Bass anglers know that thick cover is where bass like to hide. On many lakes and rivers that cover is in the form of massive weed beds.
Imagine that there are no weeds. Focus on the hard structure and decide where you would fish if you were only focused on the bottom contours. Then look for the thickest patch of weeds on that structure and anything that is unique or different.
In this article, I will break down in detail how to approach waters that are choked with vegetation.
Lakes and rivers that are covered with vegetation can be overwhelming to an angler. The first step is to approach it with a positive mindset and understand the bass are there and you will find them.
Focus on Hard Structure Within the Weedbed
Pull out your topographical map or spend some time scanning Google Earth. Imagine that the water you are fishing has zero weeds. Where would you start fishing if the only thing to factor in was the hard bottom contours.
Looking for key structure is an important step.
Would you start on a point? Would you be looking for channels in a creek arm? Are there some secondary points that look good?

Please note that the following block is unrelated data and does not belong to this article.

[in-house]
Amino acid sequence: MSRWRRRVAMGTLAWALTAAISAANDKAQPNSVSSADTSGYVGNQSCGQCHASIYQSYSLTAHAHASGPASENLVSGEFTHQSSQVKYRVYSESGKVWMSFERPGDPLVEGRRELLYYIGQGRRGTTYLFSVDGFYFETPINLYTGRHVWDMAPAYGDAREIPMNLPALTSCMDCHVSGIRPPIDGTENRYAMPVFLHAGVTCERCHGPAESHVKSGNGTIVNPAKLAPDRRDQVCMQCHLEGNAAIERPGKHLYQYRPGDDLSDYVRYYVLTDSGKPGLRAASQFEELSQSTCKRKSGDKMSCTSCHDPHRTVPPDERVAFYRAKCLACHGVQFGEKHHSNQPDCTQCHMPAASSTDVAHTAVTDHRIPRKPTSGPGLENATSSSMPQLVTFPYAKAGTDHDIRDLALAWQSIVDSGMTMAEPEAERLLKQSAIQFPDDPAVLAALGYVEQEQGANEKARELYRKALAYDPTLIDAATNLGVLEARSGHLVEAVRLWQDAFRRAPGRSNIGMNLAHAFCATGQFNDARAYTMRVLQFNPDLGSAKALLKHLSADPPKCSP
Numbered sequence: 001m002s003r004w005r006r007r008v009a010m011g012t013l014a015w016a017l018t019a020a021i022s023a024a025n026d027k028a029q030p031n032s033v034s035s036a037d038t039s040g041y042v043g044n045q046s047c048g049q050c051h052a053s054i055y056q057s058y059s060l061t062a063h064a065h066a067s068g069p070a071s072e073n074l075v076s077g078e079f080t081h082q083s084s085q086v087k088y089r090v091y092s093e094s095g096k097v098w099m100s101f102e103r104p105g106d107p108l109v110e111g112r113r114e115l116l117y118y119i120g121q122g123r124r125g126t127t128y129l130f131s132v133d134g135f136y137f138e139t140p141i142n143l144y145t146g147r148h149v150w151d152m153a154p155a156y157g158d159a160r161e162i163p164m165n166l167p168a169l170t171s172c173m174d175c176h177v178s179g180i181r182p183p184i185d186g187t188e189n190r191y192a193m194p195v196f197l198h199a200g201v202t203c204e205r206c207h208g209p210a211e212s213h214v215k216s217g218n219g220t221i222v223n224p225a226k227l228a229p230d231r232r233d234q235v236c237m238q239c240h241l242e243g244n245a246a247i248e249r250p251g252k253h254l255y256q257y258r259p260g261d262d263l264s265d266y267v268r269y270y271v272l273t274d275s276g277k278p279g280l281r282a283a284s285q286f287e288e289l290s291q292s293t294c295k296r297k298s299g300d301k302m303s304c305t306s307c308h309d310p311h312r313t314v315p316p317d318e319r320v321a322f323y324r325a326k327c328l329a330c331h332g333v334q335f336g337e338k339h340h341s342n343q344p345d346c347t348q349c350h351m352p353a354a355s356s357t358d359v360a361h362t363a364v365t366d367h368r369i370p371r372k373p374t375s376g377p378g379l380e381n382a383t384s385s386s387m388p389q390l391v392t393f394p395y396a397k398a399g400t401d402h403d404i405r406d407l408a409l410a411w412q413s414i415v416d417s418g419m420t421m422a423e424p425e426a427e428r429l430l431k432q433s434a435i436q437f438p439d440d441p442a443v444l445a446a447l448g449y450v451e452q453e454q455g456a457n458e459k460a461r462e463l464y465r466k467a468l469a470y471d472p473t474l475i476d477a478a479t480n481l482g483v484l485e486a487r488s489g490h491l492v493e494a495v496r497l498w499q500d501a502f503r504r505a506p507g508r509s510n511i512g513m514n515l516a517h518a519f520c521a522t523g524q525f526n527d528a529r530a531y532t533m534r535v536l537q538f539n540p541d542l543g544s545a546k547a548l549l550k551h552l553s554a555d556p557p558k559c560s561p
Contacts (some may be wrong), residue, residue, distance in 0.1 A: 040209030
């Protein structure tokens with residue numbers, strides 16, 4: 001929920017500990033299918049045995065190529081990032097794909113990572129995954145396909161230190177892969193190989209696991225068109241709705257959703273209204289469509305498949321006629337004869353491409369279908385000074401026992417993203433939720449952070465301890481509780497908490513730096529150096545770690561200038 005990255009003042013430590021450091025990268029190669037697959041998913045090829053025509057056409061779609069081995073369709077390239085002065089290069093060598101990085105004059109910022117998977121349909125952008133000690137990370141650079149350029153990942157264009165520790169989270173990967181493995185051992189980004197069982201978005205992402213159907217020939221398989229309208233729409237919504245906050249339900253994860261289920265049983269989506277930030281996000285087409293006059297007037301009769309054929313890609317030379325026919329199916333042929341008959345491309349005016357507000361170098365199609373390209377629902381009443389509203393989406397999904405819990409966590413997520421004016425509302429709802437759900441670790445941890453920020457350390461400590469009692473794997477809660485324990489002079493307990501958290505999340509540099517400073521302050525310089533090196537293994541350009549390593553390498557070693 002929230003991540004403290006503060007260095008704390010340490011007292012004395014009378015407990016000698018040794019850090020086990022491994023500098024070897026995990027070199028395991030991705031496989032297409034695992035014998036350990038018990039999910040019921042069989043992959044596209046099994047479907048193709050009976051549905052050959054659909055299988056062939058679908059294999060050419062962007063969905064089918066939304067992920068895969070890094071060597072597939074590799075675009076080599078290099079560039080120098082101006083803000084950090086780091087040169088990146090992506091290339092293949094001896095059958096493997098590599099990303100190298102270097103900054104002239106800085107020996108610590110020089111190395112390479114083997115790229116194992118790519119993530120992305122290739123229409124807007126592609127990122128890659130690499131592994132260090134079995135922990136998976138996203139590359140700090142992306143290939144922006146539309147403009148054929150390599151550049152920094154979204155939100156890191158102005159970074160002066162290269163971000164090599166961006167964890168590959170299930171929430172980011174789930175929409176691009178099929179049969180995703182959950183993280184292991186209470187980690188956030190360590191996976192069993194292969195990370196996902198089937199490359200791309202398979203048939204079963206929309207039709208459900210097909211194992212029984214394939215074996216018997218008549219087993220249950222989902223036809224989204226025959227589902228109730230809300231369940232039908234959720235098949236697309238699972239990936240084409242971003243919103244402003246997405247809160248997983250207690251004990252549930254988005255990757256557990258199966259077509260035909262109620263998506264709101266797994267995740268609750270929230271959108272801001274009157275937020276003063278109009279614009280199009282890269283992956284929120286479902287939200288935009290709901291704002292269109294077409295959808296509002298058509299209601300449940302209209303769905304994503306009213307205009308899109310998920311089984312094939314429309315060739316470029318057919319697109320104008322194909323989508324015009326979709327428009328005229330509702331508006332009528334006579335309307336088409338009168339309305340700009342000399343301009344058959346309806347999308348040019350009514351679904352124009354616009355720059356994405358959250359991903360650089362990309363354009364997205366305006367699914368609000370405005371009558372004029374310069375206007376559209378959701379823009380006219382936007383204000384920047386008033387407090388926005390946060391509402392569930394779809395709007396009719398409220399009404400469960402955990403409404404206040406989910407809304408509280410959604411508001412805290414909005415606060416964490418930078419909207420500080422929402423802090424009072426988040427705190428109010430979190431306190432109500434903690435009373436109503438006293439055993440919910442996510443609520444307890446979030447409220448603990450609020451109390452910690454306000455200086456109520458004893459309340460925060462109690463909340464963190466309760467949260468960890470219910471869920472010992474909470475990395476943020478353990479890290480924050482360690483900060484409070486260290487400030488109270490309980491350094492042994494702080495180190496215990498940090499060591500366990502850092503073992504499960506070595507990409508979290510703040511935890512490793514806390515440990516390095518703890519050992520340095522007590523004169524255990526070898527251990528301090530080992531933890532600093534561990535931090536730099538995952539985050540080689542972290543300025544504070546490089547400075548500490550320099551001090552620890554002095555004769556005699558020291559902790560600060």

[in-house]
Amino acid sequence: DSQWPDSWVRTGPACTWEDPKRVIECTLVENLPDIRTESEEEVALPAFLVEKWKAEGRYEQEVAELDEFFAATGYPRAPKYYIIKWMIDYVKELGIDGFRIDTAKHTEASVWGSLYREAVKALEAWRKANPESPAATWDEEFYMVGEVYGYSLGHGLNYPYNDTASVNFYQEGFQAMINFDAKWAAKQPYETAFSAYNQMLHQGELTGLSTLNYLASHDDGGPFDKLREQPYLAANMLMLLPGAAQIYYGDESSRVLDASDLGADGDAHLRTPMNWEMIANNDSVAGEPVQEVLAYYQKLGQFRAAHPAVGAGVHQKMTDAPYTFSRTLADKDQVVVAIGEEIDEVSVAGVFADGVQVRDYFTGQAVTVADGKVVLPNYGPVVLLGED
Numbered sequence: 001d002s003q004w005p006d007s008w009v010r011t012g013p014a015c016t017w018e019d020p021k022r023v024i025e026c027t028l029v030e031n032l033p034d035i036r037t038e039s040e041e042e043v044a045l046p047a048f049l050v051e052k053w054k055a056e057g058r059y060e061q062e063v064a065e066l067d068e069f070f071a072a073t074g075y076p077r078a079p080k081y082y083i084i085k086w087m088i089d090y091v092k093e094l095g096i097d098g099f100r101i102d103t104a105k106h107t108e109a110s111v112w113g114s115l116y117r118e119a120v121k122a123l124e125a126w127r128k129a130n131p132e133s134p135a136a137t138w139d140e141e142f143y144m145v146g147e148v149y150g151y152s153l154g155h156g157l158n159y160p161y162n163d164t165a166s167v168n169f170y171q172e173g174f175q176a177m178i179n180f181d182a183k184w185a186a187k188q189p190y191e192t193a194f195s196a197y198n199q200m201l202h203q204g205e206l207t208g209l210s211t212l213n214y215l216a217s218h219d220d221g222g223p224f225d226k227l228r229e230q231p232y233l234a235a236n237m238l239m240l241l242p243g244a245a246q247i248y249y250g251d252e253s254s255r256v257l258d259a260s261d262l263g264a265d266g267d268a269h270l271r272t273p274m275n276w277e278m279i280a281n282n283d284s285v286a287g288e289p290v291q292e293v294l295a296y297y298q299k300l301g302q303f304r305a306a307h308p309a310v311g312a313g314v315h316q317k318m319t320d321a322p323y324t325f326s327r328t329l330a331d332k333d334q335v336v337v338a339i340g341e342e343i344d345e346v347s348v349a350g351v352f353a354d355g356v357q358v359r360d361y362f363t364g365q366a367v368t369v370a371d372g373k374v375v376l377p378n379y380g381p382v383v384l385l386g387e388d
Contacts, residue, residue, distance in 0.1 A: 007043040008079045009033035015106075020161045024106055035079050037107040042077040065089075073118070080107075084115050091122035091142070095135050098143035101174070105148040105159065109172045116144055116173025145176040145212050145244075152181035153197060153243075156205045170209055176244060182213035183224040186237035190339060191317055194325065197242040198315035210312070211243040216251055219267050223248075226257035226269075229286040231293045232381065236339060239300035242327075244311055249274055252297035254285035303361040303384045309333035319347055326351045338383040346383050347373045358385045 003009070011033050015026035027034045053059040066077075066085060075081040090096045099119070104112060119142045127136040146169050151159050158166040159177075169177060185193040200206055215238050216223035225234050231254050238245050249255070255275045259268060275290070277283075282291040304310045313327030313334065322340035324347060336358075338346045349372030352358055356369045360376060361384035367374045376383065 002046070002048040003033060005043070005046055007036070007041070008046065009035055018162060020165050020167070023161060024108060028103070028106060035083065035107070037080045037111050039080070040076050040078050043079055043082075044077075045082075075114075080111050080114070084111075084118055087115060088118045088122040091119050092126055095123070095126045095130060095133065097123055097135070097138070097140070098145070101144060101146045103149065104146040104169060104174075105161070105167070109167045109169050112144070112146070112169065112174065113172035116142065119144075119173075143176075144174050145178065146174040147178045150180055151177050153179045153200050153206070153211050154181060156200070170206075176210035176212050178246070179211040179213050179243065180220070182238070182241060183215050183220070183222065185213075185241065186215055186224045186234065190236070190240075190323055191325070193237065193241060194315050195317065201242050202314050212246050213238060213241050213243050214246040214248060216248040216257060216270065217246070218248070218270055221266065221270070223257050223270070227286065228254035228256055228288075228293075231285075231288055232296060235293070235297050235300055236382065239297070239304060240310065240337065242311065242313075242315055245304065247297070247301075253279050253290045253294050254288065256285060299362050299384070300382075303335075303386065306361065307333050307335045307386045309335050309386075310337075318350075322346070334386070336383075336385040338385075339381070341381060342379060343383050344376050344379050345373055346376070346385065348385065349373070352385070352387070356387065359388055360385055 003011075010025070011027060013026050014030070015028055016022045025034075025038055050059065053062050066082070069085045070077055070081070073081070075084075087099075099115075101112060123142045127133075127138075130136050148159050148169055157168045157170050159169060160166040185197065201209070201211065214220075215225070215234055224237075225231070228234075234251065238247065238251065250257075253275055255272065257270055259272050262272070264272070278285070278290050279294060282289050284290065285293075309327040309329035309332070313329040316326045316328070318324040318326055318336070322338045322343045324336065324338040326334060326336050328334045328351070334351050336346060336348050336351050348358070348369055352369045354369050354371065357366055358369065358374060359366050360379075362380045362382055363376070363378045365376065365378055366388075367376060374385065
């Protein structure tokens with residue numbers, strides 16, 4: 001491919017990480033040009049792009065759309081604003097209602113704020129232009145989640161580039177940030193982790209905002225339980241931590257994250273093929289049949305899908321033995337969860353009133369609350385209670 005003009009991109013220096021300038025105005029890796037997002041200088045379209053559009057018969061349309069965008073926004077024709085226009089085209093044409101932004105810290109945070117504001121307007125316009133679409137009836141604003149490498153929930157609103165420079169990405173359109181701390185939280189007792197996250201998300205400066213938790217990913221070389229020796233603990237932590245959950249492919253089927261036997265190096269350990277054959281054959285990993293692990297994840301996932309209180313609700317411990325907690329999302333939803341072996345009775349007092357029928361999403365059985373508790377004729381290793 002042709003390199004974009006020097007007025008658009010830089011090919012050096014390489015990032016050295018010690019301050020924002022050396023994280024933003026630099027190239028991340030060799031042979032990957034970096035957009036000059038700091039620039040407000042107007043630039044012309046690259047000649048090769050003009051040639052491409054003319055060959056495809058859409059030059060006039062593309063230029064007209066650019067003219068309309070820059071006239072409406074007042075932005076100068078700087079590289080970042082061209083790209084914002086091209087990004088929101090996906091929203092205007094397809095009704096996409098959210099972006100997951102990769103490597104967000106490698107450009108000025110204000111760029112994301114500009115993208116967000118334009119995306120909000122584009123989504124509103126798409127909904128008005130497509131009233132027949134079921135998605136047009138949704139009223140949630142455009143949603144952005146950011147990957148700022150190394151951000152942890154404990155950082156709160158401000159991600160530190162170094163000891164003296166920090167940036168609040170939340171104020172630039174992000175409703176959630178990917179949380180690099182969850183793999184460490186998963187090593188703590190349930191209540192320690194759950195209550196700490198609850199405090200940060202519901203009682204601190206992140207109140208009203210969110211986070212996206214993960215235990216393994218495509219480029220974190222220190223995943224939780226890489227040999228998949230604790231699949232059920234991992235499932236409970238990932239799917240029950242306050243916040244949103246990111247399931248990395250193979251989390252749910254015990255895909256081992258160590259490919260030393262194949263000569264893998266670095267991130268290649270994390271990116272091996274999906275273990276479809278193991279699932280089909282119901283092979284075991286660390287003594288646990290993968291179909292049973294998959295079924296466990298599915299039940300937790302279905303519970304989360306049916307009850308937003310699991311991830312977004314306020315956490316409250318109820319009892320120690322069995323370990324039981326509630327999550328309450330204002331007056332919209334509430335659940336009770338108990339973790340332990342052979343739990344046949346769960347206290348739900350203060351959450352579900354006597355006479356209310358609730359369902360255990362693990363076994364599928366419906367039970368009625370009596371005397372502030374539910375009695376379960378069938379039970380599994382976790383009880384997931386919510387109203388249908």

Bass relate to structure, especially access to deeper water, no matter how many weeds may be choking the lake or river.
Once you have decided on a key structural element you are ready for the next step in unlocking where the bass are hiding in these massive weed beds.
The Thickest Spot
Now that you have eliminated a lot of water and chosen a place to start, look for the thickest stand of weeds in that area.
The thicker the better.
To find these key targets you can either use side-imaging sonar or you can stand up on that front deck and search with the trolling motor.